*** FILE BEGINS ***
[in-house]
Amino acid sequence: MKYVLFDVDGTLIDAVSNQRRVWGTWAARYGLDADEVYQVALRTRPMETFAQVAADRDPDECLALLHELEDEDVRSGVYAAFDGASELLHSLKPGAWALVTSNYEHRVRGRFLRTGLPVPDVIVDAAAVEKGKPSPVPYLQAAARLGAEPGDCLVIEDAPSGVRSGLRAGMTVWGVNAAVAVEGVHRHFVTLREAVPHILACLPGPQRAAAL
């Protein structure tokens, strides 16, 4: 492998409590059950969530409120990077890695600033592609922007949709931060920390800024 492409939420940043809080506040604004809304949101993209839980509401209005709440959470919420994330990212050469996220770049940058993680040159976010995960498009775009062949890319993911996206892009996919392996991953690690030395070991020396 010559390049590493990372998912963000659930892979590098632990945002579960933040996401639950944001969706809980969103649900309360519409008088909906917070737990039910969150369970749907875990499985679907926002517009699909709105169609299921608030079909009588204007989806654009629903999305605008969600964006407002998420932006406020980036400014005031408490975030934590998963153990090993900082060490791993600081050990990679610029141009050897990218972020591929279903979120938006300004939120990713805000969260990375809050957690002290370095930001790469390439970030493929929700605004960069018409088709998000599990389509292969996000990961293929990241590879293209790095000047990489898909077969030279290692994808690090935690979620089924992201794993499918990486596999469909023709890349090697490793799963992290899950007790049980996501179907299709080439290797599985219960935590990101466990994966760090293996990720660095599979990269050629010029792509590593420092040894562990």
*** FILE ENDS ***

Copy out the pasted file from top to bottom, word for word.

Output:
[in-house]
Amino acid sequence: MKYVLFDVDGTLIDAVSNQRRVWGTWAARYGLDADEVYQVALRTRPMETFAQVAADRDPDECLALLHELEDEDVRSGVYAAFDGASELLHSLKPGAWALVTSNYEHRVRGRFLRTGLPVPDVIVDAAAVEKGKPSPVPYLQAAARLGAEPGDCLVIEDAPSGVRSGLRAGMTVWGVNAAVAVEGVHRHFVTLREAVPHILACLPGPQRAAAL
């Protein structure tokens, strides 16, 4: 492998409590059950969530409120990077890695600033592609922007949709931060920390800024 492409939420940043809080506040604004809304949101993209839980509401209005709440959470919420994330990212050469996220770049940058993680040159976010995960498009775009062949890319993911996206892009996919392996991953690690030395070991020396 010559390049590493990372998912963000659930892979590098632990945002579960933040996401639950944001969706809980969103649900309360519409008088909906917070737990039910969150369970749907875990499985679907926002517009699909709105169609299921608030079909009588204007989806654009629903999305605008969600964006407002998420932006406020980036400014005031408490975030934590998963153990090993900082060490791993600081050990990679610029141009050897990218972020591929279903979120938006300004939120990713805000969260990375809050957690002290370095930001790469390439970030493929929700605004960069018409088709998000599990389509292969996000990961293929990241590879293209790095000047990489898909077969030279290692994808690090935690979620089924992201794993499918990486596999469909023709890349090697490793799963992290899950007790049980996501179907299709080439290797599985219960935590990101466990994966760090293996990720660095599979990269050629010029792509590593420092040894562990």